The International Air Transport Association (IATA) claims that carbon emissions per passenger has declined by more than 50% since 1990. The improvement is chiefly attributed to the fact that the aviation industry was able to achieve an annual fuel efficiency improvement of 2.3% since 2009, about 0.8 percentage points ahead of target. This progress is a result of investments in more energy efficient aircrafts and overall operational efficiencies.
Expressing satisfaction at this achivement Alexandre de Juniac the Director General and CEO of IATA explained some of the future goals of IATA “Cutting per passenger emissions in half is an amazing achievement of the technical expertise and innovation in the aviation industry. But we have even bigger ambitions. From 2020 we will cap net emissions. And by 2050 we will cut emissions to half of 2005 levels. Accomplishing these targets means continued investment in new technology, sustainable fuels, and operational improvements”.
Airlines have invested some $1 trillion in new aircraft since 2009, in addition to this they have signed forward purchase agreements for sustainable aviation fuel (SAF) amounting to approximately $6 billion. Apart from this the introduction of the Carbon Offsetting and Reduction Scheme for International Aviation (CORSIA) will ensure carbon-neutral growth on international flights from 2020 and raise around $40 billion in climate finance.
Alternative measures are inefficient and fail to cut carbon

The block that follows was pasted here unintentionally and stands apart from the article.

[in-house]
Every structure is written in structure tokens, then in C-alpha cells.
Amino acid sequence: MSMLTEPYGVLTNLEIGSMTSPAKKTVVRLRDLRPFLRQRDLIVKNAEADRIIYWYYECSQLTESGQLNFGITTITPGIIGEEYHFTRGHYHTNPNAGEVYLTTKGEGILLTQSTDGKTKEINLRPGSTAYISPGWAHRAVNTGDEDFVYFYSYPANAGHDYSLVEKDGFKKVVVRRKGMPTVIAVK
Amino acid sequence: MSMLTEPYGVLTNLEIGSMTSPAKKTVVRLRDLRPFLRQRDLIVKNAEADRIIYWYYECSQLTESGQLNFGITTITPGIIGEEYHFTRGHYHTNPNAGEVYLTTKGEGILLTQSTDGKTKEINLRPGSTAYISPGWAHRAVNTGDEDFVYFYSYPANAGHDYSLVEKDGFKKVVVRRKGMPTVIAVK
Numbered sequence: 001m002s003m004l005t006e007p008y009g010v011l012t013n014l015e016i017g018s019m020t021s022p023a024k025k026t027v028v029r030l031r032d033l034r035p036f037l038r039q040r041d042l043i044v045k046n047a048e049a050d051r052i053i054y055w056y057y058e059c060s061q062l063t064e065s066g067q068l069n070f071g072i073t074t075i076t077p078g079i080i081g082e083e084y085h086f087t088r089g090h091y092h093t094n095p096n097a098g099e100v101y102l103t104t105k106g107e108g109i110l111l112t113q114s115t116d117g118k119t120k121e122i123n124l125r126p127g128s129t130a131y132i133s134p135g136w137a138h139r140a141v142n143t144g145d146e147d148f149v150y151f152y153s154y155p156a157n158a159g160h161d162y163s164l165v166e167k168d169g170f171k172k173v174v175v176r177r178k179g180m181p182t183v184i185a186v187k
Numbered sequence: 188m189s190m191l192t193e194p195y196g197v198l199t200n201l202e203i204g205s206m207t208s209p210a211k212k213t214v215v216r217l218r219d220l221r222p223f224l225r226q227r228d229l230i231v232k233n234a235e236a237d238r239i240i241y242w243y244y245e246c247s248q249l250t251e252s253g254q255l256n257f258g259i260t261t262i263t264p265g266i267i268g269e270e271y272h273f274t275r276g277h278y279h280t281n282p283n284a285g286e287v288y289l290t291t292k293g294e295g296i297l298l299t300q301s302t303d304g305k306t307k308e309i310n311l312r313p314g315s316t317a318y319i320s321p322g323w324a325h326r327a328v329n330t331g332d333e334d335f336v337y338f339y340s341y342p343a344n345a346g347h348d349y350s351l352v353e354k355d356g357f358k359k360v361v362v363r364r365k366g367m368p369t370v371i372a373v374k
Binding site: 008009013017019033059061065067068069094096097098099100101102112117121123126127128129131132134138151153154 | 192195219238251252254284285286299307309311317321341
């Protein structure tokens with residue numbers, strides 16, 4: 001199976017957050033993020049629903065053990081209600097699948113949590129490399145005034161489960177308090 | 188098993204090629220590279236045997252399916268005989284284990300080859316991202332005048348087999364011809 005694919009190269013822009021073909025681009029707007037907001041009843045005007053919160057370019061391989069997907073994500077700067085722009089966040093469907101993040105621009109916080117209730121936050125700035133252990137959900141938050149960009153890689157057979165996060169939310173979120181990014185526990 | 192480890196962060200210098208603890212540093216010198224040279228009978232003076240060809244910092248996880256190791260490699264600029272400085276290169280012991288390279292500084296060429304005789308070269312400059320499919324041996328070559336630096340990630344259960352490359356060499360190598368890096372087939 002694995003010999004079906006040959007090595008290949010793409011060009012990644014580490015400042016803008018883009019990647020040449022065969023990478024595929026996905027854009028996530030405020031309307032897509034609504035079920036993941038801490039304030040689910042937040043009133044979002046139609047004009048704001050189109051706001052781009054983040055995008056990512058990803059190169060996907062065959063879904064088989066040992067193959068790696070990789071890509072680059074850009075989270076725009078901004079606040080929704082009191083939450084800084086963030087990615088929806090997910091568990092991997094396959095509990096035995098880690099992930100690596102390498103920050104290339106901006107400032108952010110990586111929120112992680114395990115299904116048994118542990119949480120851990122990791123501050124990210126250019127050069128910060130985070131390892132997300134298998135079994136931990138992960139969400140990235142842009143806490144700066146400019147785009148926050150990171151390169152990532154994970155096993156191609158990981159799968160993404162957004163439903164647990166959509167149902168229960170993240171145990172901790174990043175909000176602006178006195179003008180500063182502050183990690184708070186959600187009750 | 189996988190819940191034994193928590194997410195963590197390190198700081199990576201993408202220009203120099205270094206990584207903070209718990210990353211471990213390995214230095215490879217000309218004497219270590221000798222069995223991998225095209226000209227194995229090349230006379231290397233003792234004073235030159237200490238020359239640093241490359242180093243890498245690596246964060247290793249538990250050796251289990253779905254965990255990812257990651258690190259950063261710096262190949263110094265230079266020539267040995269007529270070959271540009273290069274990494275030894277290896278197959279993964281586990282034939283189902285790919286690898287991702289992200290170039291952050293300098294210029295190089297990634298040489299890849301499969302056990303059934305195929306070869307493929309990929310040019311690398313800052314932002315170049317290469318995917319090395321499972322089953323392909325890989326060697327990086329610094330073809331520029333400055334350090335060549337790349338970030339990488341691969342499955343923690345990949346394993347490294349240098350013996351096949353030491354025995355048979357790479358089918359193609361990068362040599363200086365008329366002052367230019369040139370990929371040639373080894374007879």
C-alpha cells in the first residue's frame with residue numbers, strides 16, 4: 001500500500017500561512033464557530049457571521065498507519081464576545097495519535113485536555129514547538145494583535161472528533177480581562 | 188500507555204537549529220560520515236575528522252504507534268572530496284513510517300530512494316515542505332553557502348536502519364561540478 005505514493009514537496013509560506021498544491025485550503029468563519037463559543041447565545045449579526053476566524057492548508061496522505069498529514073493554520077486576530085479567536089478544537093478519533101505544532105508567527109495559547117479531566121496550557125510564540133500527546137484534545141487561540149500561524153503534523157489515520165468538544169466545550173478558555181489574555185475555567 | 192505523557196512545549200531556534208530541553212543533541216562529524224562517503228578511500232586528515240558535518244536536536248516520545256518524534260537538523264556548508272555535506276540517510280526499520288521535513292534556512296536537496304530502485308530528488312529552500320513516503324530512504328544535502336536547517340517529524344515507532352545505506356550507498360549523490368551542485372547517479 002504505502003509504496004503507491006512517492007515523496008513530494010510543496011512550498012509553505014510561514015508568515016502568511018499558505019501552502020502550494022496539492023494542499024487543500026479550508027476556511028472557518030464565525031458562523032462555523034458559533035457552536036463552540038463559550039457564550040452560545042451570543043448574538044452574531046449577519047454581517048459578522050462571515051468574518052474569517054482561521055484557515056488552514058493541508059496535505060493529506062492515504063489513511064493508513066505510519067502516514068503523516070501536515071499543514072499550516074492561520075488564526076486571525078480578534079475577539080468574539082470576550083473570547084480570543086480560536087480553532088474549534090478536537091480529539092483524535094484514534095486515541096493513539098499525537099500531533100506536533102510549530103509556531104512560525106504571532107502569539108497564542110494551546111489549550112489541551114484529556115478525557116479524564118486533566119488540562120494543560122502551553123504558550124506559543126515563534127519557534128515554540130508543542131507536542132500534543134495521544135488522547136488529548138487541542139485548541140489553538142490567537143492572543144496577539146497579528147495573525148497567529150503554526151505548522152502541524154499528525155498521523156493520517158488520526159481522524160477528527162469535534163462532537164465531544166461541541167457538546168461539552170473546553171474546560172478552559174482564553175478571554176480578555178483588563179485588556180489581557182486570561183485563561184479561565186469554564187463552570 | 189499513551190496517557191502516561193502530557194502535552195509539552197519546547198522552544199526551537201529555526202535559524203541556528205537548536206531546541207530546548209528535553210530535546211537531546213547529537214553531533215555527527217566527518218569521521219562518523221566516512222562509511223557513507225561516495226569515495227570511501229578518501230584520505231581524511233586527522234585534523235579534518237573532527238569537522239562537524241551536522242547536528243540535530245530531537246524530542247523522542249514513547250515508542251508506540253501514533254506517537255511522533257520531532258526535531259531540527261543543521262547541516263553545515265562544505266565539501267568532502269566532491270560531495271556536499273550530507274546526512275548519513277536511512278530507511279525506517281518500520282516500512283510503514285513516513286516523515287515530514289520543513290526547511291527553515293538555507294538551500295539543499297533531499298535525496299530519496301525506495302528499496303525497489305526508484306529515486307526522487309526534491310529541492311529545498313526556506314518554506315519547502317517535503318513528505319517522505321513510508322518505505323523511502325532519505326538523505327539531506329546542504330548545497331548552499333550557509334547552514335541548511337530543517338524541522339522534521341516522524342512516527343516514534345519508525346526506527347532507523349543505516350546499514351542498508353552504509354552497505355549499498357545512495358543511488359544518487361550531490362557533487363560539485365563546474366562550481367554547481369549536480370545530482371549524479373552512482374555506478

Analysis from IATA shows that efforts to deliberately suppress air travel through punitive passenger taxes are inefficient and largely ineffective at reducing carbon emmitions.
The CORSIA scheme’s effectiveness lies in its global scope. It is estimated it will reduce emissions by around 2.5 billion tonnes over the lifetime of the scheme. But global goodwill towards implementing CORSIA is being compromised by governments introducing a patchwork of carbon taxes. A series of decisions or proposals have been made in recent months to levy air passenger taxes, including in France, Germany, the Netherlands and Switzerland.
“Taxation aimed at stopping people from exercising their freedom to fly will make travel more expensive but does very little to reduce emissions. It is a politician’s feel-good solution, without taking responsibility for the negative impact it has on the economy or the mobility restrictions it imposes on people with lower incomes,” said de Juniac.
Long-term, aviation is aiming to reduce emissions with cleaner technology. This will require a financially sound airline sector capable of funding the significant investments that will be needed to make flying sustainable.
“Governments must focus their efforts correctly. Flying drives prosperity. It is not the enemy. Cutting carbon must at the forefront. And government leadership is needed to incentivize the commercialization of sustainable aviation fuels, drive efficiencies in air traffic management and support research into next generation low-carbon energy sources,” said de Juniac.